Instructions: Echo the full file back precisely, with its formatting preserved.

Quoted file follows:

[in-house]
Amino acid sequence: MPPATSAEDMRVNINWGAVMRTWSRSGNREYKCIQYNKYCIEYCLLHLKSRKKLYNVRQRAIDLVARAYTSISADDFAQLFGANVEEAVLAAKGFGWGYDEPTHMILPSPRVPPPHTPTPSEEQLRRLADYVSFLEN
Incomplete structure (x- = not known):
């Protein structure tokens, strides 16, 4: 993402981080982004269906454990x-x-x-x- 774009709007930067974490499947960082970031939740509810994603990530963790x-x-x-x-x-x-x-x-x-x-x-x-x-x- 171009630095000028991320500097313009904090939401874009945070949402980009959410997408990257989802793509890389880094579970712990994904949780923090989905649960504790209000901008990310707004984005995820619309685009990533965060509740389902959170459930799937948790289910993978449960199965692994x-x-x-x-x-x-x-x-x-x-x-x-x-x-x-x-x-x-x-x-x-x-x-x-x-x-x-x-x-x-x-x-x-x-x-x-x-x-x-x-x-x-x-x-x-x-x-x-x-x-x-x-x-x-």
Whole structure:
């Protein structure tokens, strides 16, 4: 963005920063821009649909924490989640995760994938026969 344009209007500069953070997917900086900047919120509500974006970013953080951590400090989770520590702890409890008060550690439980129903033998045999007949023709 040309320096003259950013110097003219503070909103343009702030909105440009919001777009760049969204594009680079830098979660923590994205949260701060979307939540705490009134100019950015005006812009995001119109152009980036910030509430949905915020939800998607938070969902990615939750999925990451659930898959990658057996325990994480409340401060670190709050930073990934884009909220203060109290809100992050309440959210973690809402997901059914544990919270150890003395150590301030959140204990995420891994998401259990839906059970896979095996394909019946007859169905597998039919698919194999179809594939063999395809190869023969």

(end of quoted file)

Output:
[in-house]
Amino acid sequence: MPPATSAEDMRVNINWGAVMRTWSRSGNREYKCIQYNKYCIEYCLLHLKSRKKLYNVRQRAIDLVARAYTSISADDFAQLFGANVEEAVLAAKGFGWGYDEPTHMILPSPRVPPPHTPTPSEEQLRRLADYVSFLEN
Incomplete structure (x- = not known):
């Protein structure tokens, strides 16, 4: 993402981080982004269906454990x-x-x-x- 774009709007930067974490499947960082970031939740509810994603990530963790x-x-x-x-x-x-x-x-x-x-x-x-x-x- 171009630095000028991320500097313009904090939401874009945070949402980009959410997408990257989802793509890389880094579970712990994904949780923090989905649960504790209000901008990310707004984005995820619309685009990533965060509740389902959170459930799937948790289910993978449960199965692994x-x-x-x-x-x-x-x-x-x-x-x-x-x-x-x-x-x-x-x-x-x-x-x-x-x-x-x-x-x-x-x-x-x-x-x-x-x-x-x-x-x-x-x-x-x-x-x-x-x-x-x-x-x-």
Whole structure:
């Protein structure tokens, strides 16, 4: 963005920063821009649909924490989640995760994938026969 344009209007500069953070997917900086900047919120509500974006970013953080951590400090989770520590702890409890008060550690439980129903033998045999007949023709 040309320096003259950013110097003219503070909103343009702030909105440009919001777009760049969204594009680079830098979660923590994205949260701060979307939540705490009134100019950015005006812009995001119109152009980036910030509430949905915020939800998607938070969902990615939750999925990451659930898959990658057996325990994480409340401060670190709050930073990934884009909220203060109290809100992050309440959210973690809402997901059914544990919270150890003395150590301030959140204990995420891994998401259990839906059970896979095996394909019946007859169905597998039919698919194999179809594939063999395809190869023969």